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Alice in Wonderland
File:Alice in Wonderland (1951 film) poster.jpg
1951 original theatrical release poster
Directed by
  • Clyde Geronimi
  • Wilfred Jackson
  • Hamilton Luske
Story by
  • Milt Banta
  • Del Connell
  • Bill Cottrell
  • Joe Grant
  • Winston Hibler
  • Dick Huemer
  • Dick Kelsey
  • Tom Oreb
  • Bill Peet
  • Erdman Penner
  • Joe Rinaldi
  • Ted Sears
  • John Walbridge
Based onAlice's Adventures in Wonderland and Through the Looking-Glass
by Lewis Carroll
Produced byWalt Disney
  • Kathryn Beaumont
  • Ed Wynn
  • Richard Haydn
  • Sterling Holloway
  • Jerry Colonna
  • Verna Felton
  • J. Pat O'Malley
  • Bill Thompson
  • Joseph Kearns
  • Dink Trout
  • James MacDonald
Edited byLloyd Richardson
Music byOliver Wallace
Distributed byRKO Radio Pictures
Release date
  • July 26, 1951 (1951-07-26) (London, premiere)[1]
  • July 28, 1951 (1951-07-28) (New York City, premiere)[1]
Running time
75 minutes[2]
CountryUnited States
Budget$3 million[3]
Box office$5.6 million (US, 1951)

Alice in Wonderland is a 1951 American animated musical fantasy-adventure film produced by Walt Disney Productions and based on the Alice books by Lewis Carroll. The 13th release of Disney's animated features, the film premiered in London on July 26, 1951, and in New York City on July 28, 1951. The film features the voices of Kathryn Beaumont as Alice, Sterling Holloway as the Cheshire Cat, Verna Felton as the Queen of Hearts, and Ed Wynn as the Mad Hatter. Walt Disney first attempted unsuccessfully to adapt Alice into an animated feature film during the 1930s, and he revived the idea in the 1940s. The film was originally intended to be a live-action/animated film; however, Disney decided to make it an all-animated feature in 1946.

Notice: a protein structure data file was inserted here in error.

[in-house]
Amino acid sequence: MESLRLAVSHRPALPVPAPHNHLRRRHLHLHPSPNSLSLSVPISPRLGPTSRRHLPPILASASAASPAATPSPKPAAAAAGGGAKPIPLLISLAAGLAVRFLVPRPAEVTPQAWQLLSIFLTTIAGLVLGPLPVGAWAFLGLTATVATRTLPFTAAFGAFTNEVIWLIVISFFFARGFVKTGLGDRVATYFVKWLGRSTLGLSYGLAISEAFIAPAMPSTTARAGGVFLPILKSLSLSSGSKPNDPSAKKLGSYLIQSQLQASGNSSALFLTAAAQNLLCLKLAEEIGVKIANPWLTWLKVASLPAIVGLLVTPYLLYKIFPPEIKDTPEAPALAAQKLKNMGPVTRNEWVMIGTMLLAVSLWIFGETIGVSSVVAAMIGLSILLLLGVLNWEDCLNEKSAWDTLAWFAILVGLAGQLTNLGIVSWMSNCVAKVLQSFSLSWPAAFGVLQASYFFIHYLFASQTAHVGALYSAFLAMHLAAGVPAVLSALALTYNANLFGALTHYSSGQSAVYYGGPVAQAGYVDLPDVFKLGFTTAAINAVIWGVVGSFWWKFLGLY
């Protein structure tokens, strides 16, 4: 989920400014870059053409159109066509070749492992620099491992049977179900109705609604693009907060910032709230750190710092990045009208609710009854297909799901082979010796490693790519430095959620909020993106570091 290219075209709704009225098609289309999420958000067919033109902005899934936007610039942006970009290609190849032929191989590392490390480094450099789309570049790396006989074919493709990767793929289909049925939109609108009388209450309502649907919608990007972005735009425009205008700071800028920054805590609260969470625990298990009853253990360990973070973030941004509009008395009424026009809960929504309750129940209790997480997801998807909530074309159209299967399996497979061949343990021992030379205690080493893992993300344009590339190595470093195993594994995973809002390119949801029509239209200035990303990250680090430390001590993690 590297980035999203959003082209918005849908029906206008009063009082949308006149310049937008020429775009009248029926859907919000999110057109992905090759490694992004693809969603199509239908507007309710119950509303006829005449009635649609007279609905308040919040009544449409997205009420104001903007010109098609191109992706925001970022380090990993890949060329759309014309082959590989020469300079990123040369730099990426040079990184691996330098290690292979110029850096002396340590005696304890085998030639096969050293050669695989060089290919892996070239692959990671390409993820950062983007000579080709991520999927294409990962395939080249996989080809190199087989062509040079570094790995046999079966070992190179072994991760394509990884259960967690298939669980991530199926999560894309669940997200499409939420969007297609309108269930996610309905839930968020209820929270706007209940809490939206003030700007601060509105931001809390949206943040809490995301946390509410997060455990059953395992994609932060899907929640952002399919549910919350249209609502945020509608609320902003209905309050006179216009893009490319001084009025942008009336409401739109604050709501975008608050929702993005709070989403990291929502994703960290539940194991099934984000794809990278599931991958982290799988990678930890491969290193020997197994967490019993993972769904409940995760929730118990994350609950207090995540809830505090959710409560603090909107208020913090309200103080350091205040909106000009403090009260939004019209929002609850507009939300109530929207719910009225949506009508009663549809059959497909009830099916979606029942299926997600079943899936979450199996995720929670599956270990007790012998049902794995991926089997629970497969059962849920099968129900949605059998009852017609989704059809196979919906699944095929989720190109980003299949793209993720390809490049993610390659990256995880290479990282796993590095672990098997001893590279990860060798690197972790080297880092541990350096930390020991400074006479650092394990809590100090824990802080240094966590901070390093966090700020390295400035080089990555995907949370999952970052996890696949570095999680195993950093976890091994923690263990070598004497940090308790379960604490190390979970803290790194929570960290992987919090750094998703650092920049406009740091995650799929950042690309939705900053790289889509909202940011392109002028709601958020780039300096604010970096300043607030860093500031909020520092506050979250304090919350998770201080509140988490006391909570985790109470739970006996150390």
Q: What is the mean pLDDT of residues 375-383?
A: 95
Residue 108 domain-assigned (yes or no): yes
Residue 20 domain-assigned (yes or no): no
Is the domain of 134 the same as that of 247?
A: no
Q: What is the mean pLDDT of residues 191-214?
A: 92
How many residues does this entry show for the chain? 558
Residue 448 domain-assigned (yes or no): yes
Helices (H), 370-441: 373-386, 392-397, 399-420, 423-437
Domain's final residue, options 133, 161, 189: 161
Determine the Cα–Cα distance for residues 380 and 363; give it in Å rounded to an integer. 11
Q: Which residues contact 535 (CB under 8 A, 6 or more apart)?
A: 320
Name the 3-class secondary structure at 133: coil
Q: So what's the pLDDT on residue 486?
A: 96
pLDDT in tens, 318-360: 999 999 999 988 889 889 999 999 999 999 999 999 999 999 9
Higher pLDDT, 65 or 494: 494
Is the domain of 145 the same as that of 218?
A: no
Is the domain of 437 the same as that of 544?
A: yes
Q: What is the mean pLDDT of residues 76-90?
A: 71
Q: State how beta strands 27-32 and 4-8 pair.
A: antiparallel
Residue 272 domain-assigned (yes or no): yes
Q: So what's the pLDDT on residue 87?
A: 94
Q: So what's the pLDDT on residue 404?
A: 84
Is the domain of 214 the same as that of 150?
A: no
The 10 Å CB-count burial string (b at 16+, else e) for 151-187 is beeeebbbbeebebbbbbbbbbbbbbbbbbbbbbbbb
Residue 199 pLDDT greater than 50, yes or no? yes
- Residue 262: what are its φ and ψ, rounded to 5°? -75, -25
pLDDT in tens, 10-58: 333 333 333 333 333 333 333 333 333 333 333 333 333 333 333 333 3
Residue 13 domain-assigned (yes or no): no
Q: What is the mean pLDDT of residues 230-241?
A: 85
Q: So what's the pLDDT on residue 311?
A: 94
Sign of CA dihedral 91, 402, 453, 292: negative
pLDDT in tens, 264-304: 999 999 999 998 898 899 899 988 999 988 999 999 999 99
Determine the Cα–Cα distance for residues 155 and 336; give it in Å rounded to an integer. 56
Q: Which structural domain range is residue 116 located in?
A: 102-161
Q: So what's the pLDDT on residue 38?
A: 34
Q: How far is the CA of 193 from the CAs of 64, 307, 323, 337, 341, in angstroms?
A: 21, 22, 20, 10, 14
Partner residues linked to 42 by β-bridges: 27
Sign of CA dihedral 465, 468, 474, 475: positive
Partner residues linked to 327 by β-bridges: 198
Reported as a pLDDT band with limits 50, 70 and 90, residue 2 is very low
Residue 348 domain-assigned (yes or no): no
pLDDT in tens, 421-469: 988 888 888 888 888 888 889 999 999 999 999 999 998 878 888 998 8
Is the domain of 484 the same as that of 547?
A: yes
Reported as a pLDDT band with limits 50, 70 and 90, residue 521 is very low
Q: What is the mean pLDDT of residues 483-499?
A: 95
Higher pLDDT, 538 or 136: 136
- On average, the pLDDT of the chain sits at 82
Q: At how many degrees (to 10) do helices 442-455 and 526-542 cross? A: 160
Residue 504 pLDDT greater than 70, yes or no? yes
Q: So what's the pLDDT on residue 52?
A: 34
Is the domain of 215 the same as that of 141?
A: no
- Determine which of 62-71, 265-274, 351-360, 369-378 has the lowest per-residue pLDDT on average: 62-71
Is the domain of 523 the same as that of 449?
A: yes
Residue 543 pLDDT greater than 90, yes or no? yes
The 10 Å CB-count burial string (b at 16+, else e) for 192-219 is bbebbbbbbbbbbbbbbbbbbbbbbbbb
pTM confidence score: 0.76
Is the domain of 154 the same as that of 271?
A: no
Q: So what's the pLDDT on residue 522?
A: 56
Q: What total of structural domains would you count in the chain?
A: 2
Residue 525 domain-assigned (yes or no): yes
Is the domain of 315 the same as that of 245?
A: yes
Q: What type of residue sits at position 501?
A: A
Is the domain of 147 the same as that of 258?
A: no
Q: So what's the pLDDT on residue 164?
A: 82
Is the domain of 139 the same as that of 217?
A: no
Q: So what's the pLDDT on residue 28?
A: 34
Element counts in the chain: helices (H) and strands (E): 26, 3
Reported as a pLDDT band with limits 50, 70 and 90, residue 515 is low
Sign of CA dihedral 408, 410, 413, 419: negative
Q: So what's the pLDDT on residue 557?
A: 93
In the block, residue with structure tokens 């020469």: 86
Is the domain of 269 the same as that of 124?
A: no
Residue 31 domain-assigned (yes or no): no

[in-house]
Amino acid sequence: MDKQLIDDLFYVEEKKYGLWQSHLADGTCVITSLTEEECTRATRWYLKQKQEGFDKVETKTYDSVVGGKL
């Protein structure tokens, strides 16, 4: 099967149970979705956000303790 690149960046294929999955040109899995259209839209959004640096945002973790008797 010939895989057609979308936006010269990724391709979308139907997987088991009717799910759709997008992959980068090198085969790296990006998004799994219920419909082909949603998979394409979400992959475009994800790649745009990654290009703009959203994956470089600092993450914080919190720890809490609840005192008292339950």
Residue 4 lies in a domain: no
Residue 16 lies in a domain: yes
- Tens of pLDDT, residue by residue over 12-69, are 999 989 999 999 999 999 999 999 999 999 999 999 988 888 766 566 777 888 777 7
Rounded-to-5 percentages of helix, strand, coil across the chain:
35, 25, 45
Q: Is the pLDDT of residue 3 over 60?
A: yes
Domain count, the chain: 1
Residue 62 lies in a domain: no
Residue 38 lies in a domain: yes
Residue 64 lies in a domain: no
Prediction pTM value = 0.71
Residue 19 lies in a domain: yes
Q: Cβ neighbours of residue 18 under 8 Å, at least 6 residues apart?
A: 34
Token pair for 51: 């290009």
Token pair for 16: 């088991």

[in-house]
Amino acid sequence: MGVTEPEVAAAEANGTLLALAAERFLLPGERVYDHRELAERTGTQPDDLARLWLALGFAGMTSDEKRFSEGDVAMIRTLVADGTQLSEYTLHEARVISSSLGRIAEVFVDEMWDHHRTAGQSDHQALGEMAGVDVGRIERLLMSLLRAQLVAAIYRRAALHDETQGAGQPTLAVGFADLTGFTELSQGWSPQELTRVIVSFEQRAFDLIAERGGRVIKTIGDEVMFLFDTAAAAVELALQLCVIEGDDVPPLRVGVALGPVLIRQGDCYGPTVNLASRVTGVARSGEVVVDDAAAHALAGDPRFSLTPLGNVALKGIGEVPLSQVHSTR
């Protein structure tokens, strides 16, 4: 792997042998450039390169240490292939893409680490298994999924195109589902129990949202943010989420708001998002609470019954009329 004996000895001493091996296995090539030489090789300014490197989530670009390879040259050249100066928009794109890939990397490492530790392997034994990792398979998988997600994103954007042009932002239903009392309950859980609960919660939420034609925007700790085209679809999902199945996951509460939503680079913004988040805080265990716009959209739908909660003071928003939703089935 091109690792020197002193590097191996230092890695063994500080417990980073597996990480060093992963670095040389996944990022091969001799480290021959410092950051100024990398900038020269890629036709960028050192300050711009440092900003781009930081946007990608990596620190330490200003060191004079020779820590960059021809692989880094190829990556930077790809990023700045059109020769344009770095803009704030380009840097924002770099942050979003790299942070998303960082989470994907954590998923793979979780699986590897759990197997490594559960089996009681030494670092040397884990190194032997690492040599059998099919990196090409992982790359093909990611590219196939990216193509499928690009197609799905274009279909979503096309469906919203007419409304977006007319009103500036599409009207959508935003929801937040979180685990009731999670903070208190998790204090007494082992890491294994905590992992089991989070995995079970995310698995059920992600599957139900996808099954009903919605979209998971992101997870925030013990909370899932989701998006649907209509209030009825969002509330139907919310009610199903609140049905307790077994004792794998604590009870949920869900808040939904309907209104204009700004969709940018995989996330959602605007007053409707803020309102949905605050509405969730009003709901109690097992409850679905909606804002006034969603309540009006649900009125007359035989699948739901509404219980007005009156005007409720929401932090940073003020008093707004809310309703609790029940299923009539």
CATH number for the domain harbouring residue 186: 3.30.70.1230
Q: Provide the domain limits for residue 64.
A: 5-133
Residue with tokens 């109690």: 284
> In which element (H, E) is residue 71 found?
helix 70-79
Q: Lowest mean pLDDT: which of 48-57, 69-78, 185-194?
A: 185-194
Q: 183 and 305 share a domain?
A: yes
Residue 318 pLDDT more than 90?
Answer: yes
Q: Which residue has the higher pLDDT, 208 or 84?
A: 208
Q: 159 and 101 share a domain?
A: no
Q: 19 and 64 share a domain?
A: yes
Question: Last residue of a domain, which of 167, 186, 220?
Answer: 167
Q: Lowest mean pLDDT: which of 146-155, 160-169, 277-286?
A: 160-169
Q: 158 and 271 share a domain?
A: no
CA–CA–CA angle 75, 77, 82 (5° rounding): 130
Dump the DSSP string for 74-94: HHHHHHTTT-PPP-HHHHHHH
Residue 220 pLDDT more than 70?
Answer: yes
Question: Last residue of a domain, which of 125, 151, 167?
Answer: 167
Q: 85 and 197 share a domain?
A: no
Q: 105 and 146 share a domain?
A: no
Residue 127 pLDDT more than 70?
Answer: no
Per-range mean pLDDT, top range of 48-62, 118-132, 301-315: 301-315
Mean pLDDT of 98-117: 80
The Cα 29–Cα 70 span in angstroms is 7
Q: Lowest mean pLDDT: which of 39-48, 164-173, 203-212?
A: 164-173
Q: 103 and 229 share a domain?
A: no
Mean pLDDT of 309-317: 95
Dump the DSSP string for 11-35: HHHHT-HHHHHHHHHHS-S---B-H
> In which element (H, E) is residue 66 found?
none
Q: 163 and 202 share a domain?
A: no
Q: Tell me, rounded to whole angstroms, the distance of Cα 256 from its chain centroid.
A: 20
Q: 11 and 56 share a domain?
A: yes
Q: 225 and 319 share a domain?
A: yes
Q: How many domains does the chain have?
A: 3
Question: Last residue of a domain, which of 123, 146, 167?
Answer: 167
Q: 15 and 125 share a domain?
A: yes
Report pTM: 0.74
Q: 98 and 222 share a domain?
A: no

The film was considered a disappointment on its initial release, leading to Walt Disney showing it on television as one of the first episodes of his TV series Disneyland. It proved to be very successful on television, especially during the psychedelic era. It was eventually re-released in theaters which proved to be massively successful. The film became even more successful through merchandising and subsequent home video releases.

While the film was critically panned on its initial release, it has since been regarded as one of Disney's greatest animated classics, notably one of the biggest cult classics in the animation medium, as well as the best film adaptation of Alice.

A live-action adaptation of Carroll's works and the animated film, Alice in Wonderland, directed by Tim Burton, was released in 2010. A sequel to the film, Alice Through the Looking Glass, directed by James Bobin, was released in 2016.


Alice becomes bored with her sister's history lesson on the Norman conquest of England and expresses her want of adventure, leading her to a riverbank. There, Alice spots a passing White Rabbit in a waistcoat, exclaiming that he is "late for a significant date." She gives chase, following him into a large hole. She sees him leave through a tiny door, whose talking knob advises her to shrink to an appropriate height by drinking from a bottle marked "Drink Me." She does so and floats out through the keyhole into a sea of her own tears, which she had cried after eating a biscuit marked "Eat Me," which caused her to grow very large. As she continues to follow the Rabbit, she encounters numerous characters, including Tweedledum and Tweedledee, who recount the tale of "The Walrus and the Carpenter."